Thumbsucking - How It Affects a Child's Teeth
Thumb and finger habits quickly become a part of the child’s daily routine. However, 75 percent of children outgrow their detrimental oral habits by the time they enter kindergarten. These habits often correct themselves due to peer pressure without the need for any professional intervention.
The Negative Impact of Thumbsucking
Most dentofacial changes depend on the severity, frequency and intensity of the thumb or fingers present within the oral region. These changes may include the following:
- Anterior open bite
- Overbite or underbite
- Lingual migration of the mandibular incisors
- Movement of maxillary incisors in a facial pattern
- Distortion of speech and mastication tendencies
Dental professionals typically allow their patients to halt the progress of any further oral deterioration by spontaneous return to normal daily routine. If the patient does not show progress by the age of 4 -6, other methods of prevention and correction are applied to rectify any existing issues and preventing them from becoming more complex problems in the future.
Methods of Treatment
Counseling and reminder therapy are the most gentle and successful techniques used to correct thumbsucking issues. This approach is especially effective when dealing with older children who are capable of understanding the message that is being conveyed from the dental provider, a parent or a care taker. Both techniques are combined with each other as well as a visual aid in the form of a commercially manufactured device, mitten or a sock. It is crucial to emphasize to the child that the appliance is a reminder not a punishment.
In many cases, a reward system may be implemented to reinforce the therapies. A “contract” between the care taker and the child is drawn and signed by both parties. If the child discontinues the habit within a specific amount of time, they receive a reward agreed upon in the contract. The progress is monitored by placing appropriate stickers on a calendar. Should this method of correction fail, other techniques will be applied if the child is willing to stop the habit.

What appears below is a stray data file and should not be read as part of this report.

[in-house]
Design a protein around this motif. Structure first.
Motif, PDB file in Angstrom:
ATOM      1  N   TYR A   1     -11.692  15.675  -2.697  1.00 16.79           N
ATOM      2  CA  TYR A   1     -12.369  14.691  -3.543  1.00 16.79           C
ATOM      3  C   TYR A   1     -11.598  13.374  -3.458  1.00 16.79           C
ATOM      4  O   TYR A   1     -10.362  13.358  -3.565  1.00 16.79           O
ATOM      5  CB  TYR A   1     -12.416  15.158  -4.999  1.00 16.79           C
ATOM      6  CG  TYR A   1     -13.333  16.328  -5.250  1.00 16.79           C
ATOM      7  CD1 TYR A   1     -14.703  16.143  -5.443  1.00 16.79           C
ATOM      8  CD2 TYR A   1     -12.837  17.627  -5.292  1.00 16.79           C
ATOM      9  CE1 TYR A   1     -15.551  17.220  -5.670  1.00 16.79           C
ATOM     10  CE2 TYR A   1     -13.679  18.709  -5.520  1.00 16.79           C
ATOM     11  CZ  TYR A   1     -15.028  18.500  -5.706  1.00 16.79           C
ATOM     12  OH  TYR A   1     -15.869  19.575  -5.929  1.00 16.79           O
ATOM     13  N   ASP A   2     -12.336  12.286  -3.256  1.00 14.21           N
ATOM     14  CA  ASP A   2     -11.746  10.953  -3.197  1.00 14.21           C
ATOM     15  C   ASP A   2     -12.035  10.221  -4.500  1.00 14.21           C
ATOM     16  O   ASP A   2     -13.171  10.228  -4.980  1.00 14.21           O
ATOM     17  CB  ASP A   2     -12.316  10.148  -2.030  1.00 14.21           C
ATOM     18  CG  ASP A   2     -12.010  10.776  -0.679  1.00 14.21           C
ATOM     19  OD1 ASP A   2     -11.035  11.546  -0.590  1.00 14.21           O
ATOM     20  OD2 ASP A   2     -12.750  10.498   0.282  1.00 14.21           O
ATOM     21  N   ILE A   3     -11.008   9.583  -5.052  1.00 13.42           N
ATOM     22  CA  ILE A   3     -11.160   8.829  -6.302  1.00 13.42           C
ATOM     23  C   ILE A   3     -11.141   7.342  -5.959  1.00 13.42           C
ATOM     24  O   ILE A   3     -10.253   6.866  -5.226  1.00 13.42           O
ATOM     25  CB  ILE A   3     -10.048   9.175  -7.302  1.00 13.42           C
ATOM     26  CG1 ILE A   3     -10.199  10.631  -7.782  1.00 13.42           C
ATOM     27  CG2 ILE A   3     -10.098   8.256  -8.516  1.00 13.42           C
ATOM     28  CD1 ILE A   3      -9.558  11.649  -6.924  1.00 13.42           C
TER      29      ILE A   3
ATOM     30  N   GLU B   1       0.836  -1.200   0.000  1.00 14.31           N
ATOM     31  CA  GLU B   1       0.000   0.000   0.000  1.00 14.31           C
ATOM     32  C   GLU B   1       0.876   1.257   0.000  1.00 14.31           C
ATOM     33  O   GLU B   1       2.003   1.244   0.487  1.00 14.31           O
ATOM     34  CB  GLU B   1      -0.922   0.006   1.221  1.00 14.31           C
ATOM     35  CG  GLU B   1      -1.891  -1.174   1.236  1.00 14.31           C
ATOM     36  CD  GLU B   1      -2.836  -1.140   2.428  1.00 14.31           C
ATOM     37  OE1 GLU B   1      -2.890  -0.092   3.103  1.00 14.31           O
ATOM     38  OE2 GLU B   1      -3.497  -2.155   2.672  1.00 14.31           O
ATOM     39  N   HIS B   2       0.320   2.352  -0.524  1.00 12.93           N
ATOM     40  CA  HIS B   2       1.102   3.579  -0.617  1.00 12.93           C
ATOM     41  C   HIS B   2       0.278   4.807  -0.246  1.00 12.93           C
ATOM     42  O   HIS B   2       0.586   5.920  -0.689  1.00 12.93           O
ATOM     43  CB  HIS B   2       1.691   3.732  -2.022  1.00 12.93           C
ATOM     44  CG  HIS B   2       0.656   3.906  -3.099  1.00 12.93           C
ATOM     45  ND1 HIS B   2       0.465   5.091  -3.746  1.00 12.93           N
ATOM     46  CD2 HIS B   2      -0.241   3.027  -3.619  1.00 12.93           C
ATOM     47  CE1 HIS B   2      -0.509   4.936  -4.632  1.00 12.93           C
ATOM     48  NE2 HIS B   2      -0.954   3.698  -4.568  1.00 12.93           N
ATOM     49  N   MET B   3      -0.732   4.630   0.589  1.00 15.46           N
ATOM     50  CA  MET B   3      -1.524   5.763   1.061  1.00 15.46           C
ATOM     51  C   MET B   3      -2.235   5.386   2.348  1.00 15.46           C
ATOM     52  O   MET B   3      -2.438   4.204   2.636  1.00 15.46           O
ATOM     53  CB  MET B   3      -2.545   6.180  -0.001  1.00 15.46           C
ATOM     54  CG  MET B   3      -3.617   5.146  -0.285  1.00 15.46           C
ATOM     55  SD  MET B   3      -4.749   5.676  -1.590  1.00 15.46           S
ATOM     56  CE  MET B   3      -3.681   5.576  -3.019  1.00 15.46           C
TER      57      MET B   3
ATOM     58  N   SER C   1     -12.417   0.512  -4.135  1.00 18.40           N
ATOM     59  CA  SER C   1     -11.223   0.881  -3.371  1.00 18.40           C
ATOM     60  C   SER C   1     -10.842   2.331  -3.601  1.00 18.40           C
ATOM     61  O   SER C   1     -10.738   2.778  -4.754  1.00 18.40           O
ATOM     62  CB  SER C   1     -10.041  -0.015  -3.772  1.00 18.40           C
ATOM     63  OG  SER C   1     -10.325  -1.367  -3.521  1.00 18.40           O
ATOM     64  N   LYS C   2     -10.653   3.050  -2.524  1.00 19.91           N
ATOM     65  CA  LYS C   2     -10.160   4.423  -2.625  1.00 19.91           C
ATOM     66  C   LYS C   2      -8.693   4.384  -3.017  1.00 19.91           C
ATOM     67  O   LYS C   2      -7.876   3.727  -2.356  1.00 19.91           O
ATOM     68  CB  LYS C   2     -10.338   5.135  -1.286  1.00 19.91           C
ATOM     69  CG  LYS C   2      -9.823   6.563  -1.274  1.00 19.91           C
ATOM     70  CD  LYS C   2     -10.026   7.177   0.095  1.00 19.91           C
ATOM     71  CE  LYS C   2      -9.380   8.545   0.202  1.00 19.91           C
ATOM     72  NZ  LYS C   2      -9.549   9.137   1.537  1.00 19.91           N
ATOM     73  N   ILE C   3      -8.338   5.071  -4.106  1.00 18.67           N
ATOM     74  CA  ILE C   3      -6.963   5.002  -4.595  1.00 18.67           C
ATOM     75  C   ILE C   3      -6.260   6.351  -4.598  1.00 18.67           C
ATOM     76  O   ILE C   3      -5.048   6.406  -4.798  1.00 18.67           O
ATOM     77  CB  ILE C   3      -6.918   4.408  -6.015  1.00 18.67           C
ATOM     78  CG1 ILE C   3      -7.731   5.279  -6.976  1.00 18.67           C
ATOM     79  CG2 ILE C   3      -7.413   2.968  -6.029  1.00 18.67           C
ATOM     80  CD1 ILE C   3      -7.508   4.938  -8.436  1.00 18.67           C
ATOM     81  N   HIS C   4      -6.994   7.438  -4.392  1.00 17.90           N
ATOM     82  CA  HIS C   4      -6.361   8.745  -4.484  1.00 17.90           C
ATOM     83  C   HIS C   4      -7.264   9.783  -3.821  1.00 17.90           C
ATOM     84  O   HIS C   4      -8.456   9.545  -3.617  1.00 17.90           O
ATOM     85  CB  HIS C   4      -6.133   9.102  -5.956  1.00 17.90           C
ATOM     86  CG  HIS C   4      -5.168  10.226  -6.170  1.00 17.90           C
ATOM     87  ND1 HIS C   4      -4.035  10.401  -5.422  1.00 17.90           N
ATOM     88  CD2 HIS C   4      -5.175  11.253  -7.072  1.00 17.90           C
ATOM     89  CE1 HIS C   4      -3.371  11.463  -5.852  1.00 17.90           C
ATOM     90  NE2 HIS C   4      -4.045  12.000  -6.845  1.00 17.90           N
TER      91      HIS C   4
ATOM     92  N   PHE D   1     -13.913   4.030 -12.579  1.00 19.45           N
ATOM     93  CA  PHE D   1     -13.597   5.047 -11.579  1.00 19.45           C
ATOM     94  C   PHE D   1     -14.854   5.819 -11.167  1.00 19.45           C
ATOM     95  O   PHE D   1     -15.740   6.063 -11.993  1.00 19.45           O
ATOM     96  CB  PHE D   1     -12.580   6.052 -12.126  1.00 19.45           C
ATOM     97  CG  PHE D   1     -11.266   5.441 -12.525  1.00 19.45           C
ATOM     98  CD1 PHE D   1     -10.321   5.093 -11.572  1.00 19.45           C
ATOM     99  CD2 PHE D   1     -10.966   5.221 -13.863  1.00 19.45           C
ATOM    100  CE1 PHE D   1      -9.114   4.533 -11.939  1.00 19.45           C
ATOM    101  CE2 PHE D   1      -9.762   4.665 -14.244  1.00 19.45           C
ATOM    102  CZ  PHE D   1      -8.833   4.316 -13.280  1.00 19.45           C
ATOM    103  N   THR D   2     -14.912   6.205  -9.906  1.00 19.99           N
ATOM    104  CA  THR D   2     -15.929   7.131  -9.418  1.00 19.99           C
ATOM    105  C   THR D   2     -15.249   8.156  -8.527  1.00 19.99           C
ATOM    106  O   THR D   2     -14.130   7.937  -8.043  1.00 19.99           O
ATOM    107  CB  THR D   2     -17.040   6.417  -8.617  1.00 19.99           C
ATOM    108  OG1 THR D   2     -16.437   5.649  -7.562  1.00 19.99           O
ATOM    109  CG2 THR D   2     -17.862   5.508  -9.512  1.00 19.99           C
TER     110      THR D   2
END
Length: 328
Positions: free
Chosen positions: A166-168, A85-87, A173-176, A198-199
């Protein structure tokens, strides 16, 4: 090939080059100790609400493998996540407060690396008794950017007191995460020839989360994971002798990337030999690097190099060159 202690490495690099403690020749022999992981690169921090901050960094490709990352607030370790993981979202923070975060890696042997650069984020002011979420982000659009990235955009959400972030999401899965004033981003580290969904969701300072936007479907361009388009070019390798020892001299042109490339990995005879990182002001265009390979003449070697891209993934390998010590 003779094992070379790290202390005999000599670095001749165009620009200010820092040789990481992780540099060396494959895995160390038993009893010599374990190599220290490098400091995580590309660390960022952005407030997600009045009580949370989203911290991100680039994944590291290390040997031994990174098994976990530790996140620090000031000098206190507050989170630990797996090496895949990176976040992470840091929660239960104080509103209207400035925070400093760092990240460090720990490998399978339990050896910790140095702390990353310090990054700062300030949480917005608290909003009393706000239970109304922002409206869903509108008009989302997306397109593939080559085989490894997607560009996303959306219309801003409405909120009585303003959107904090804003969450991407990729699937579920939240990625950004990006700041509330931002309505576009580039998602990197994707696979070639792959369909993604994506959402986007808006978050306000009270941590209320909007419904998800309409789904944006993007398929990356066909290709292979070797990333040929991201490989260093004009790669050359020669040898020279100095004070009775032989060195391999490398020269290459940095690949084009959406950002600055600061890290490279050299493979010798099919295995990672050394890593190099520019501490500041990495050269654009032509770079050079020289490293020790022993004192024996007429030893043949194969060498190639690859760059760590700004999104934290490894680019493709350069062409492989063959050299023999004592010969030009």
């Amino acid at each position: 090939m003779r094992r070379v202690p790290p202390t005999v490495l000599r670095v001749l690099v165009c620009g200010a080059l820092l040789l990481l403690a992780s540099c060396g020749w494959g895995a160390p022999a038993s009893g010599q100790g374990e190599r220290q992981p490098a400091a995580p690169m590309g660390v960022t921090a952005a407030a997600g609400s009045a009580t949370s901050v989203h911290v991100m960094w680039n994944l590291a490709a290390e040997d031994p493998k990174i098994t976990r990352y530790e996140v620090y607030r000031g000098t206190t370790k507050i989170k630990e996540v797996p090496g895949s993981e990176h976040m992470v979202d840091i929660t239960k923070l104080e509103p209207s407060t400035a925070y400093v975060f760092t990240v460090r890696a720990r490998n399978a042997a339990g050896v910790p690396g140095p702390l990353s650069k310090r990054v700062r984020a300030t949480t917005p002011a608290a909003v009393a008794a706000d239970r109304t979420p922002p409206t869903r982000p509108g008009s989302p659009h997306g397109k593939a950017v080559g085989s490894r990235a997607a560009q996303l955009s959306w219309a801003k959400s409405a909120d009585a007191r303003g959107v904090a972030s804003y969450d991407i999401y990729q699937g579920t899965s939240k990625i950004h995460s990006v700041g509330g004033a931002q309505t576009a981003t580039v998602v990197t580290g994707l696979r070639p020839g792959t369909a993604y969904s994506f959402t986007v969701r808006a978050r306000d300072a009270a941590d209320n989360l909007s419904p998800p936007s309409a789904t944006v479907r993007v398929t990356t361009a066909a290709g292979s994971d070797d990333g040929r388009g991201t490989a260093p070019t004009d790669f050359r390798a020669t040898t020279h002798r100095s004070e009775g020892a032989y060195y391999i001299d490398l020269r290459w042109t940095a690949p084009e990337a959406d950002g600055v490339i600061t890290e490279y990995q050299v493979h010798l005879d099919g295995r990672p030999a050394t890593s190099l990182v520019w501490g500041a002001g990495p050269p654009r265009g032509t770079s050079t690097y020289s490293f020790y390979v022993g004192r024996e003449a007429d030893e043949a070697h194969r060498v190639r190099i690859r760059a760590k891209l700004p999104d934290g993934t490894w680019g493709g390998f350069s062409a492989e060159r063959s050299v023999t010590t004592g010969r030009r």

- The Quadhelix Appliance – Expands the arch and acts as a reminder not to place the fingers in the mouth.
- The Palatal Crib – Mechanically obstructs placing the thumbs within the oral cavity, but it does not expand the arch.
- The Kentucky Bluegrass Appliance – Fabricated with cylinder spins, it reduces sucking satisfaction.
- Pacifiers – Similar to thumbsucking, but it is less pronounced and guarantees to stop the habit in 100 percent of children by the age of eight.
Severe Cases of Thumbsucking
Prolonged thumbsucking can lead to severe cases of other conditions such as bruxism or lip licking. Because of soft properties of enamel, the bruxism results in reduced tooth structure, gum disease and premature tooth loss. It may also cause oral joint and muscle aches and pains creating a chronic source of discomfort for the child. It may be corrected with the application of the plastic nightguard or day mouthguard to slow or stop the progress.
Lip licking leaves a ring around the lower lip, cracked skin and increased overjet. Both conditions may be detrimental in the proper development of functional and aesthetic conduct of the mouth. The affected areas may be controlled with the use of ointments and bitter–tasting creams.